Wednesday, August 22, 2007

Curious Cat Question

Is it alright to re-do a story even though one has already published it?

Usually, I'm alright with a certain story once I've finished writing it. Aside from a bit o' edit and polish, the story is good to go and I'm looking forward to the next story. I do admit that I'm not like some other writers who edit their stories zealously such that there's nary a hole in the story you can drop a pin into. But basically, once I'm done-- I'm done.

However, there are times when certain ideas and concepts come cropping up that I would love to include in the aforementioned story-- but can't anymore because it's already been published. And those are the times when I feel like a tweak here or crank there would maximize the story's effect on the reader, especially if I add that lil' additional ingredient.

So: is doing a 'part deux' on a story one has already published a writerly thing to do?


skinnyblackcladdink said...

it's your story. do what you have to to get it done to your satisfaction. J.R.R.Tolkien did it (The Hobbit). so did Michael Moorcock (Gloriana, the Eternal Champion stories). M.John Harrison recycles material all the time.

just keep in mind what particular rights you might have sold with the story when you go to have the new version published.

Charles said...

Depends. First off is the rights as Skinny said.

Second, is it a major edit or a small edit? There are several edits/versions of some of Moorcock's stories running around for example. And there's a point that if it's a big enough change, why not just write a new story altogether, the same way Howard recycled some ideas from Kull the Conqueror for Conan (or was it vice versa?).

banzai cat said...

Too true on both counts. Though yeah, I should have realized Moorcock's Gloriana, given the somewhat major rewrite he did at the end.

As for rights, I do think that it's really for my sake than anything else I'll do the edits. (That and if I ever get into the compilation of collected stories thing. *winkwink*)

anansi girl said...

I think it was Heinlein who said that at some point you have to stop rewriting/editing your story. Maybe you should channel your energy into writing a new piece? After all, if your story had been published, it must've been good.

Sean said...

I habitually cannibalize stuff from my old writings. Sometimes I feel that a certain topic or approach didn't get covered very well the first time I wrote it, and as a result I'm willing to give it another go-around. Why leave such a good idea to rot, just because you've written something about it already?

That said, I try not to re-do stuff that I've already had published. I think that Anansi Girl hit it right on the head: If you managed to get a story published, then you can assume that you already attained that level of quality that you wanted for it. Besides -- what'll your readers think if you start reusing stuff over and over again?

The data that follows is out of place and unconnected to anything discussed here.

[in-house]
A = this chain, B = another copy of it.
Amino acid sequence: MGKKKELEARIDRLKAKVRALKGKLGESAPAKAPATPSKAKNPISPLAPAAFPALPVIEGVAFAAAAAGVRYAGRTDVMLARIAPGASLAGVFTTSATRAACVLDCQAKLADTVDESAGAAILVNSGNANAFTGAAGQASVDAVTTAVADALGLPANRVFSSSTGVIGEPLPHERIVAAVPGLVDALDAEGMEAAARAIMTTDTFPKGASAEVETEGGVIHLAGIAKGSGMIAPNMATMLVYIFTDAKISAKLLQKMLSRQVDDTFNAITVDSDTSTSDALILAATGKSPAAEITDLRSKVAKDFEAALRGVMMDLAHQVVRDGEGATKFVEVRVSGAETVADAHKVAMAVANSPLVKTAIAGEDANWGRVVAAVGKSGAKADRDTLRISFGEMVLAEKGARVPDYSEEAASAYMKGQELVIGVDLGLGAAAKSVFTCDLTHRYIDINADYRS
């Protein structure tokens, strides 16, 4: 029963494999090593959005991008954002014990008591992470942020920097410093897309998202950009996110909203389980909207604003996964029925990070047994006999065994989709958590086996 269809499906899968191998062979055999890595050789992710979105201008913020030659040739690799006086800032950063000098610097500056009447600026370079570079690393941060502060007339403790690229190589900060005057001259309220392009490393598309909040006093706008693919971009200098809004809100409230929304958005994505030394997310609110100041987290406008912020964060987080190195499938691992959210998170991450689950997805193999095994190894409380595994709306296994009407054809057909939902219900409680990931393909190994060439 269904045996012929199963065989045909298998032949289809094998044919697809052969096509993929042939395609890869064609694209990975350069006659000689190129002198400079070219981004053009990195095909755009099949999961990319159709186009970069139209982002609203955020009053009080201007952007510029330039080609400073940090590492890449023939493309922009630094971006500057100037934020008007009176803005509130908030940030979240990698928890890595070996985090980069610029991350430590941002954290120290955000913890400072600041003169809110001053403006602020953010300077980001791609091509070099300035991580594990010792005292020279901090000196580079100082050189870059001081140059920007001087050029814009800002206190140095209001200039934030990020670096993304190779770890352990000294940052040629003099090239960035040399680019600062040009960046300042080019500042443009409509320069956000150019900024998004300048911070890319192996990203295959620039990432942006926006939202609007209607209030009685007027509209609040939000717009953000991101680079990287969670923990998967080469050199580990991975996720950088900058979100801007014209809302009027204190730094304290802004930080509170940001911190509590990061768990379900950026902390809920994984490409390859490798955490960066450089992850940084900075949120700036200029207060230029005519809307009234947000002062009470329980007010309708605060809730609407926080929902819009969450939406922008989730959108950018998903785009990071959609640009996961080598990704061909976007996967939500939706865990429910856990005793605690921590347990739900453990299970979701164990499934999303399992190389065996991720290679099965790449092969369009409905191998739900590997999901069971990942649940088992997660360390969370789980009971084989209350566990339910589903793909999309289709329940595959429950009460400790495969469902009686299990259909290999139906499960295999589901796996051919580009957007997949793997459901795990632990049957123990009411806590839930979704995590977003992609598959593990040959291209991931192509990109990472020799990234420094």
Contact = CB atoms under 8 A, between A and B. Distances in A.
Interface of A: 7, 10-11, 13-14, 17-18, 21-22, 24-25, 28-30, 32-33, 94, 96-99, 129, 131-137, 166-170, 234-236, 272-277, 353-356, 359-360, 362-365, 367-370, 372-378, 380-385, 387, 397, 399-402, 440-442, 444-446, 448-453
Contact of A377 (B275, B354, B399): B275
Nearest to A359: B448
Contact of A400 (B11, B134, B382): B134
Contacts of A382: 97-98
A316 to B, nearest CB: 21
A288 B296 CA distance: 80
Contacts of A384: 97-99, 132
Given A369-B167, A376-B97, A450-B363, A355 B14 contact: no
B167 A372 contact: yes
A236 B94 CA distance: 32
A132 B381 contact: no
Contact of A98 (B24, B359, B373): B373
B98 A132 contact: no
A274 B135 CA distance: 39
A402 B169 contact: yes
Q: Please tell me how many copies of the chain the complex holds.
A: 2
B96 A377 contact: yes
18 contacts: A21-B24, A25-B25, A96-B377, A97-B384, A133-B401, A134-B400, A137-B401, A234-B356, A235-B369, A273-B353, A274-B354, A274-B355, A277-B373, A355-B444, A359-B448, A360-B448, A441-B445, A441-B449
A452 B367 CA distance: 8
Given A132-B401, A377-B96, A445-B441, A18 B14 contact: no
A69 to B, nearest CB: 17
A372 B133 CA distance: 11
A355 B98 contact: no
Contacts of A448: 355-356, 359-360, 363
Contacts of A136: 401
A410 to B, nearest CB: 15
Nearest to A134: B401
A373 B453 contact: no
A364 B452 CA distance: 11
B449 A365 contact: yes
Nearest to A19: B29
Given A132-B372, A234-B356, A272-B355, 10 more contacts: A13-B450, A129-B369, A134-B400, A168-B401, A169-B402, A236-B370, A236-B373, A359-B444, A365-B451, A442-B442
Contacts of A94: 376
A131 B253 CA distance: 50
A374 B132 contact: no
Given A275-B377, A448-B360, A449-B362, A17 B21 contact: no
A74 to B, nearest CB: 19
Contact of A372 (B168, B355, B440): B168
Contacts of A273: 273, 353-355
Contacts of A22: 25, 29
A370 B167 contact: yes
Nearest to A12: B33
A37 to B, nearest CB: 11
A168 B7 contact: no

On the other hand, it's your call. If you think you can put a new spin on an old piece, or otherwise make it better than its original incarnation, then feel free.

banzai cat said...

anansi: Hey you! Where you've been? Been keeping track of your blog and you've been tapering off posting. :-)

Seriously, yeah I actually have a number of stories on the backburner but some published stories keep niggling at the back of my mind. *sigh*

sean: Quite true in all points. However, I have the bad habit of hacking out a story and then submitting it as is (dependent on the editor's comments, of course). Thankfully, I have quite good editing skills myself so the story can stand on its own and some of my published stories I don't have any problems. However, some stories... :-P

skinnyblackcladdink said...

all these points have their merit, but it all comes down to one thing: sure, you could simply turn away from something you've dished out, and sure, if it's been published, at least one other person out there probably thinks it's 'good enough'. but how much does that matter to you, personally? it's your creation. why pretend you're satisfied with it if you're not? if it takes all your life to get just one work of art done just the way you want it, i think that should count for all the half-assed little pieces you could have turned out in the same amount of time. how concerned are you with living up to the standards you personally set for your work? put it another way, what matters more to you, quality or quantity?

the way you write also plays into this: is every story a deliberate effort, or do they 'just come to you' such that when the muse sings, you have 'no choice' but to write?

to my mind, the artist's prerogative is a given, even taking into account the reality of legalities (as long as you *do* take them into account, it should be fine). however, the point at which your question becomes truly interesting to my mind is when you turn out that piece and it becomes wildly successful, reaches an unexpectedly large audience, 'touches lives' and becomes, in essence, 'cultural property'. the Frankenstein effect.

case in point, if i wasn't being obvious enough: Star Wars.

banzai cat said...

skinny: Some interesting points to ponder there.

On the question between quality and quantity, I like to think that I'm just a simple storyteller with a story to write. Unfortunately, time has given the lie to my thinking that it's really a matter of writing the story the right way.

In other words, a story comes to me and I write it down: but at the same time (to use a metaphor), I see myself as a mirror to reflect the story perfectly (or as perfect as it can be).

Likewise, I don't see myself trying to change lives with my writing. However, as I grow older, I find myself being bitten by the urge to tell stories and this ha become my outlet. All I need is a campfire to throw shadows for the ideal setting. ;-)